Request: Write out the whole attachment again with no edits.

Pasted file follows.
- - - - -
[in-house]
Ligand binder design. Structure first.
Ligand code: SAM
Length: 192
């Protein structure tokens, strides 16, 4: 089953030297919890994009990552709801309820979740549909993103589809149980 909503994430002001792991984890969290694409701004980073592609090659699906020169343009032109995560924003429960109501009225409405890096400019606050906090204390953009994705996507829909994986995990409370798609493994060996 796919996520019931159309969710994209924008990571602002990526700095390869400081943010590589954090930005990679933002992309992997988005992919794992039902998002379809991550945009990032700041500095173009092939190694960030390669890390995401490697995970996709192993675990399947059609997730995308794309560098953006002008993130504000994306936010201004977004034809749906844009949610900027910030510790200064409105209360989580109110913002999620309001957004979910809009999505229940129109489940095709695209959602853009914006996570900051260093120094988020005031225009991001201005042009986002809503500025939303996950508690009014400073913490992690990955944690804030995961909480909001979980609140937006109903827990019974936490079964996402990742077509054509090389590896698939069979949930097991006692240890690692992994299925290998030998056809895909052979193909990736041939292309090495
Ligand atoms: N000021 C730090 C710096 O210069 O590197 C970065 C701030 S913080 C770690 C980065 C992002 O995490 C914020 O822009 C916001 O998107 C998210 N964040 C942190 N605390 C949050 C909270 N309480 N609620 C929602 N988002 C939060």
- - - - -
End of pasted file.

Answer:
[in-house]
Ligand binder design. Structure first.
Ligand code: SAM
Length: 192
């Protein structure tokens, strides 16, 4: 089953030297919890994009990552709801309820979740549909993103589809149980 909503994430002001792991984890969290694409701004980073592609090659699906020169343009032109995560924003429960109501009225409405890096400019606050906090204390953009994705996507829909994986995990409370798609493994060996 796919996520019931159309969710994209924008990571602002990526700095390869400081943010590589954090930005990679933002992309992997988005992919794992039902998002379809991550945009990032700041500095173009092939190694960030390669890390995401490697995970996709192993675990399947059609997730995308794309560098953006002008993130504000994306936010201004977004034809749906844009949610900027910030510790200064409105209360989580109110913002999620309001957004979910809009999505229940129109489940095709695209959602853009914006996570900051260093120094988020005031225009991001201005042009986002809503500025939303996950508690009014400073913490992690990955944690804030995961909480909001979980609140937006109903827990019974936490079964996402990742077509054509090389590896698939069979949930097991006692240890690692992994299925290998030998056809895909052979193909990736041939292309090495
Ligand atoms: N000021 C730090 C710096 O210069 O590197 C970065 C701030 S913080 C770690 C980065 C992002 O995490 C914020 O822009 C916001 O998107 C998210 N964040 C942190 N605390 C949050 C909270 N309480 N609620 C929602 N988002 C939060």